A restaurant in New Jersey is under fire after a diner posted a video of a worm wriggling out of their fish dish. However, it’s the restaurant's reaction to the video that seems to have caused the most debate around the issue.
Jim Guinee was sitting down for a meal with his girlfriend when they noticed a small worm wriggling out of her half-eaten fish dish. The couple proceeded to film the incident before showing staff what had happened.
In a post on the restaurant’s Facebook page, The Stella Marina Bar and Restaurant said: “One of our seafood purveyors did send us Saturday's cod and missed the small worms that were found by two of our guests, located in the centre of the fish.”
The post, which has since been deleted, continued: “We immediately halted serving the dish. We compensated the family of 8 generously and expressed our sincere concern and apologies that one of our guests had anything less than an amazing experience at our restaurant.”
They then said they were “very surprised at the callousness and irresponsible reaction of an attorney of law to attempt to destroy our reputation and possible livelihoods due to something that could have happened to anyone, whether cooking at home or in a restaurant.”
It’s actually a real shame the post was removed because the debate around the topic was slowly balancing out. There was the obvious and expected social outrage, some saying they would never eat there again, but many explaining how they had also encountered the worms while cooking fish.
They’re called nematodes and they are present in almost every fish, they should be killed by freezing the fish at -4 degrees or by heating the fish over 145 degrees - and any chef will tell you, that’s way too high to cook some perfect fish. This is why many places have rules stating that all fish must be frozen before cooking. It’s also one of the reasons people claim to prefer farmed fish over wild caught fish – less parasites in a controlled area.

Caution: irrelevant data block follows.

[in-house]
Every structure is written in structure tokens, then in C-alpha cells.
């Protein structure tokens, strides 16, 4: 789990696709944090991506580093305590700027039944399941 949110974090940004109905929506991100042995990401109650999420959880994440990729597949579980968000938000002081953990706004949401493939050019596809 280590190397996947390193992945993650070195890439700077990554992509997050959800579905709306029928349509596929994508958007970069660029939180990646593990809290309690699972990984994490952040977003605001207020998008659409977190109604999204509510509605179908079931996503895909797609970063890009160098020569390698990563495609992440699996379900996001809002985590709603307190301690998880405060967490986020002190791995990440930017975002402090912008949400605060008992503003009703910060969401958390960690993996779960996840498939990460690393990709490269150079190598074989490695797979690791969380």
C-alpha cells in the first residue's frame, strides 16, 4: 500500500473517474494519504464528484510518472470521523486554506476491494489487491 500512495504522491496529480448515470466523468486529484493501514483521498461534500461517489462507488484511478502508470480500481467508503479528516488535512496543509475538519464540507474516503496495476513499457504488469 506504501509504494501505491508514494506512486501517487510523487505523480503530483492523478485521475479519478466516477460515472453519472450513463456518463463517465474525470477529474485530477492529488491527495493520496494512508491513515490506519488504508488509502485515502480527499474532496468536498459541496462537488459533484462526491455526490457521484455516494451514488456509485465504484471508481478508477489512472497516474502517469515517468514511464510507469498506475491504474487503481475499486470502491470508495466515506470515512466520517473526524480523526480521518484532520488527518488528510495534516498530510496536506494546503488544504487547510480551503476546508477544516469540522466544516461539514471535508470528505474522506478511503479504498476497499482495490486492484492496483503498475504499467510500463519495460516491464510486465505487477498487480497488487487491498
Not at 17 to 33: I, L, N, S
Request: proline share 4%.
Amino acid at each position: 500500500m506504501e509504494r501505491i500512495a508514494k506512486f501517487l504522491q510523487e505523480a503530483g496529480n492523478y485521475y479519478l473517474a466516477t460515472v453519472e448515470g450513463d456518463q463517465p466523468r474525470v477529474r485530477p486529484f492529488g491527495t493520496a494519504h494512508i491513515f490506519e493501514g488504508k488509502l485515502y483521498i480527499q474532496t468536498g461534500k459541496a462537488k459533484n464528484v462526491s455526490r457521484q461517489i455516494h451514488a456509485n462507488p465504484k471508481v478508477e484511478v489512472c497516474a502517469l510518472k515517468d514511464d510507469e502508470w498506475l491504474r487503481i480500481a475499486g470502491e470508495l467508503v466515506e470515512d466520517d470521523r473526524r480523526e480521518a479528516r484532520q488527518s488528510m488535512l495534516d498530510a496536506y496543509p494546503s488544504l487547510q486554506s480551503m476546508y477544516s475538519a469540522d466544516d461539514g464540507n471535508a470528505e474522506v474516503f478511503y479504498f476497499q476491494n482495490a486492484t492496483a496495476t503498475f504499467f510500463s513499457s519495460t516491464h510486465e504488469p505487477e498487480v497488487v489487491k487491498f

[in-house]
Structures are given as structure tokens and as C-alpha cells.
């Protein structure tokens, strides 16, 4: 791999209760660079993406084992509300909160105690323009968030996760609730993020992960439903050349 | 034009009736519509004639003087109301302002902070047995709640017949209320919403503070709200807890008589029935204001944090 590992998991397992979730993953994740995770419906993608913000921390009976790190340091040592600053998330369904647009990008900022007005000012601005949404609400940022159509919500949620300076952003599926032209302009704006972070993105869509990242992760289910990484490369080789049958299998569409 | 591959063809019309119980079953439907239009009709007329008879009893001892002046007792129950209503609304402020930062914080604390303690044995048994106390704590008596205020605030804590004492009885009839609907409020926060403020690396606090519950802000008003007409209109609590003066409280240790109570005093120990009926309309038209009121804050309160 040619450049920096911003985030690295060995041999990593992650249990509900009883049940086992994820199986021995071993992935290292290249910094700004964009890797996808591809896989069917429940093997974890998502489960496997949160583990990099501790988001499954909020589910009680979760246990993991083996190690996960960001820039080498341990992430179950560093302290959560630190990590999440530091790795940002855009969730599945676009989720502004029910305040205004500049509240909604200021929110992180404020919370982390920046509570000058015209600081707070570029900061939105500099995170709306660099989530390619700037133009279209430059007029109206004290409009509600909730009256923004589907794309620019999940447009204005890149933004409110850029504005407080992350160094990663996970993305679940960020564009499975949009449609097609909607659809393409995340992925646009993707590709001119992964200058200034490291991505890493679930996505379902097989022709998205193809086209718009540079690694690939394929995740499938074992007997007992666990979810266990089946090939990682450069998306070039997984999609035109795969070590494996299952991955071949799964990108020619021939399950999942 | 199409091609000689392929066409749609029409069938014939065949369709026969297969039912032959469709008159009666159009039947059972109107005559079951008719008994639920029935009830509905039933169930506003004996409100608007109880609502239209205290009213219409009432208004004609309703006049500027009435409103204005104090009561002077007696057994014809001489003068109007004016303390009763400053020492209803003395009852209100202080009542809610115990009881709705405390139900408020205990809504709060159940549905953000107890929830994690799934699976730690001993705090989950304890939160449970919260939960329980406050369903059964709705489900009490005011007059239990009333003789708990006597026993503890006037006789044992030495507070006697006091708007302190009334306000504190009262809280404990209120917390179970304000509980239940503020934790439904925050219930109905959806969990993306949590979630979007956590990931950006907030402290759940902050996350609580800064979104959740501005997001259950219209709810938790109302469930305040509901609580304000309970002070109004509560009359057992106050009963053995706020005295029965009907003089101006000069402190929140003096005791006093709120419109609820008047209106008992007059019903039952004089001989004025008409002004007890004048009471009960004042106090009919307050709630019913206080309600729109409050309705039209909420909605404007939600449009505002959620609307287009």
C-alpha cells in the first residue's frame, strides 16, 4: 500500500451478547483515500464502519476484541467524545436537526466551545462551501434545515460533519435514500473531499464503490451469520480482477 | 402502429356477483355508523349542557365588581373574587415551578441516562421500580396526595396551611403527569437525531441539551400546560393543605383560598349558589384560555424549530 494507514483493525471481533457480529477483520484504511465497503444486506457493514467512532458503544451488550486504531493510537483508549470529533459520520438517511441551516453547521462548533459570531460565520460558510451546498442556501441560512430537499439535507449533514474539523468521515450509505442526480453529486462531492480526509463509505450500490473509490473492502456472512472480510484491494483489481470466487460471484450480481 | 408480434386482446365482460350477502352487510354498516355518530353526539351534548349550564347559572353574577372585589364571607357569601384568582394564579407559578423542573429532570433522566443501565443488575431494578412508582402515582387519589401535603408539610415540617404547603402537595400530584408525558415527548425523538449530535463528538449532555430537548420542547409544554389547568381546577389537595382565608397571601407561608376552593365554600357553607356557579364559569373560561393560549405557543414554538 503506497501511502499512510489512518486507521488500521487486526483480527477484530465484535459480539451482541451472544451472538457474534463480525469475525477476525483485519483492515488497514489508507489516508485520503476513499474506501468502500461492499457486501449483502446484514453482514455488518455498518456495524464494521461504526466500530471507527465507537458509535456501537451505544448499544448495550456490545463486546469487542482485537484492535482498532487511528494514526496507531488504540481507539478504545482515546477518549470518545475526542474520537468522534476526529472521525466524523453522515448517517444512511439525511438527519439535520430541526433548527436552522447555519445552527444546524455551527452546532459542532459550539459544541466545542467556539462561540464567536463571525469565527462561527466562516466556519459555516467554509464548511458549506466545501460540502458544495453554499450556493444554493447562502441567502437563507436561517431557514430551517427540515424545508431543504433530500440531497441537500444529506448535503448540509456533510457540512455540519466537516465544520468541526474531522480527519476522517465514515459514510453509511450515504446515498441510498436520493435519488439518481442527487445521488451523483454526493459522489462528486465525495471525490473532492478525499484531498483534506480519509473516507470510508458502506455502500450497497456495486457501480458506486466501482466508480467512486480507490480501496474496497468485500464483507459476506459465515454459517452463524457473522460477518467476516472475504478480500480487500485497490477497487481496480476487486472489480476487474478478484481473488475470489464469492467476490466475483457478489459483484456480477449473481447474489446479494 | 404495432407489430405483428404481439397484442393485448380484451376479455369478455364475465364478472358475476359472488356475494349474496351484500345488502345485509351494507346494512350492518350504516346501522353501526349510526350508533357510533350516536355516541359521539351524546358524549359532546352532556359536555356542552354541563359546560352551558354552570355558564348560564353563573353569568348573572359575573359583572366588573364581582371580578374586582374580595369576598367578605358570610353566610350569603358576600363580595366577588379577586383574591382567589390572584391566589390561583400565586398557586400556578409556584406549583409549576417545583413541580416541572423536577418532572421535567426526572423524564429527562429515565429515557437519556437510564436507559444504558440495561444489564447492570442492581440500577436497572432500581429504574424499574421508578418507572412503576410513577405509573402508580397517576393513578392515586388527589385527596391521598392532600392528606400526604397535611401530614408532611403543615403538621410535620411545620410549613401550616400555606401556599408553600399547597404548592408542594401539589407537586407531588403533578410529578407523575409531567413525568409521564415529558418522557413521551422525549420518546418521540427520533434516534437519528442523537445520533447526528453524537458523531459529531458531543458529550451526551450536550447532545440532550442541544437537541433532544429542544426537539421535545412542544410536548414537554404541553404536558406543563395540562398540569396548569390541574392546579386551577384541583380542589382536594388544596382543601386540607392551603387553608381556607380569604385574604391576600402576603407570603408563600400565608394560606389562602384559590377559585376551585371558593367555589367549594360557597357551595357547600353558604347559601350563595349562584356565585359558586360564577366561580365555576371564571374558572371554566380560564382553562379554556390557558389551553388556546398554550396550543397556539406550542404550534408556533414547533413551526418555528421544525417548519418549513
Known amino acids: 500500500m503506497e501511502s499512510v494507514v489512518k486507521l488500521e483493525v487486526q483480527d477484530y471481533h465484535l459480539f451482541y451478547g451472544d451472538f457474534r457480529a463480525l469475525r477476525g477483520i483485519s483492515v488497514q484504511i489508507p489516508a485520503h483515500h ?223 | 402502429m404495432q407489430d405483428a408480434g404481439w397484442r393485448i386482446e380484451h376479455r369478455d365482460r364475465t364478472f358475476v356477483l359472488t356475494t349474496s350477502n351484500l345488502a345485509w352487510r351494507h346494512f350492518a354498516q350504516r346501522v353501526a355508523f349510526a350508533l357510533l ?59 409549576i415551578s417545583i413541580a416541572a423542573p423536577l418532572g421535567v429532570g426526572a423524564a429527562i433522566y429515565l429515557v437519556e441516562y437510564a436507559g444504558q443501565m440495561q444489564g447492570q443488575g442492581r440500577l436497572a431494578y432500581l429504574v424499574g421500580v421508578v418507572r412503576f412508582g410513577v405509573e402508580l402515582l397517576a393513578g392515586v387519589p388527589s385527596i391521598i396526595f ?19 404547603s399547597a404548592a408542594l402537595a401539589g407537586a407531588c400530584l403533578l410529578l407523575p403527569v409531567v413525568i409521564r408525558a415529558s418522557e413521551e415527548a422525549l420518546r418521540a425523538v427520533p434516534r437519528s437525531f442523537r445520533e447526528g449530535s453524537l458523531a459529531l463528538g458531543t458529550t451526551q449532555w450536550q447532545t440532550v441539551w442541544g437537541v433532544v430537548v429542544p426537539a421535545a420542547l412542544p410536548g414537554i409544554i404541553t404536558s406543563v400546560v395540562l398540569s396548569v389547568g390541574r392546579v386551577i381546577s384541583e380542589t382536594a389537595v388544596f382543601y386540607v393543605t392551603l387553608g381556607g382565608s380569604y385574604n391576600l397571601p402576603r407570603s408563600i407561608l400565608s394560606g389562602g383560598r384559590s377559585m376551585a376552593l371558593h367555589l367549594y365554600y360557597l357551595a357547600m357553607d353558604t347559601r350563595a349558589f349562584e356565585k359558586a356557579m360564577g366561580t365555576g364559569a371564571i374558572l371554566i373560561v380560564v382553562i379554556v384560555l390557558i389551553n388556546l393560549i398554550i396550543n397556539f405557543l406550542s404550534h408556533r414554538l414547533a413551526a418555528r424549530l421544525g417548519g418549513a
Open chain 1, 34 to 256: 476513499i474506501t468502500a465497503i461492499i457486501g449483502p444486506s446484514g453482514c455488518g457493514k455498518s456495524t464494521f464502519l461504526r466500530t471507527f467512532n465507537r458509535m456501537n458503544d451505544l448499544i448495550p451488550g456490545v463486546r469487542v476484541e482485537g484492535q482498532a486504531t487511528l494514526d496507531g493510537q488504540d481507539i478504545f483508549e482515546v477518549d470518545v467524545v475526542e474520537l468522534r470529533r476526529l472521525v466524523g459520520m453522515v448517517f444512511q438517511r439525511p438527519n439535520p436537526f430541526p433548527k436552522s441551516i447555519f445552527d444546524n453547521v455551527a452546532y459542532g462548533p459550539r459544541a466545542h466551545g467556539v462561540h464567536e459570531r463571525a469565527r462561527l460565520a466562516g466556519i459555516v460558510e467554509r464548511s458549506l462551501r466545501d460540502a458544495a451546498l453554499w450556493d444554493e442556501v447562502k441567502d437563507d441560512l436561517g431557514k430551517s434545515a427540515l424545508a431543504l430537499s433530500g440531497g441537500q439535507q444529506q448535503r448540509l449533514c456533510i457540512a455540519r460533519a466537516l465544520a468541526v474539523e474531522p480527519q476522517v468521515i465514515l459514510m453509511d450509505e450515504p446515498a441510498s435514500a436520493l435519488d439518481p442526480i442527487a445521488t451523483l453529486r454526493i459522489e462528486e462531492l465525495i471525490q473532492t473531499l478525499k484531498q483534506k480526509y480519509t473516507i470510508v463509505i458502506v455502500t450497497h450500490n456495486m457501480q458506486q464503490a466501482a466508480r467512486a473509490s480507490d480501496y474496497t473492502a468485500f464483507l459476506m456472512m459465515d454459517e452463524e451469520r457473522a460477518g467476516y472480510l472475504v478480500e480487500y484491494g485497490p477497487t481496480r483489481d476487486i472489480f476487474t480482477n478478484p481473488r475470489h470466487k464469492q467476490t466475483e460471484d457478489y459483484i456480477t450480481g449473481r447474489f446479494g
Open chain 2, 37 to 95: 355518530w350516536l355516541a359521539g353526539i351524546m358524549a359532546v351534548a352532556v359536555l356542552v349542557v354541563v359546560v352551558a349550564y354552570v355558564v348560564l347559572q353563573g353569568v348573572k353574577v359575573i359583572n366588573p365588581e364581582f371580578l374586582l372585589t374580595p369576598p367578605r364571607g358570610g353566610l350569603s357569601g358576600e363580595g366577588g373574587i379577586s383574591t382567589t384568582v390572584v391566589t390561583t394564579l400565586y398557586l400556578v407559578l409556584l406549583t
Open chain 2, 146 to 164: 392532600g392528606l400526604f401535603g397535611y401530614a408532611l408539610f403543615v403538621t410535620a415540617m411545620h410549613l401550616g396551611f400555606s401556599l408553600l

Just take a look at this video below showing fishermen removing worms from freshly caught and filleted Amberjack.
Guinee took offense to being called out on his job and for posting the video. "If I had been a plumber, would they have said I’m a callous plumber?” he told NJ.com. “It wasn’t meant with any ill intent. I definitely didn’t think that many people would view it, and I just didn’t want them to keep serving the cod.”
There's a common misconception that worms must mean cheap, bad, unfresh fish, but this is not the case. Every fish purveyor will explain that worms are prevalent in almost all wild caught fish, does this make it one of the only cases where a farmed option is better? Do we need even stricter laws for freezing fish? Should we all eat it over done at 145 degrees? Was this single restaurant at fault? Pun entirely intended here, but this case opens up a real can of worms.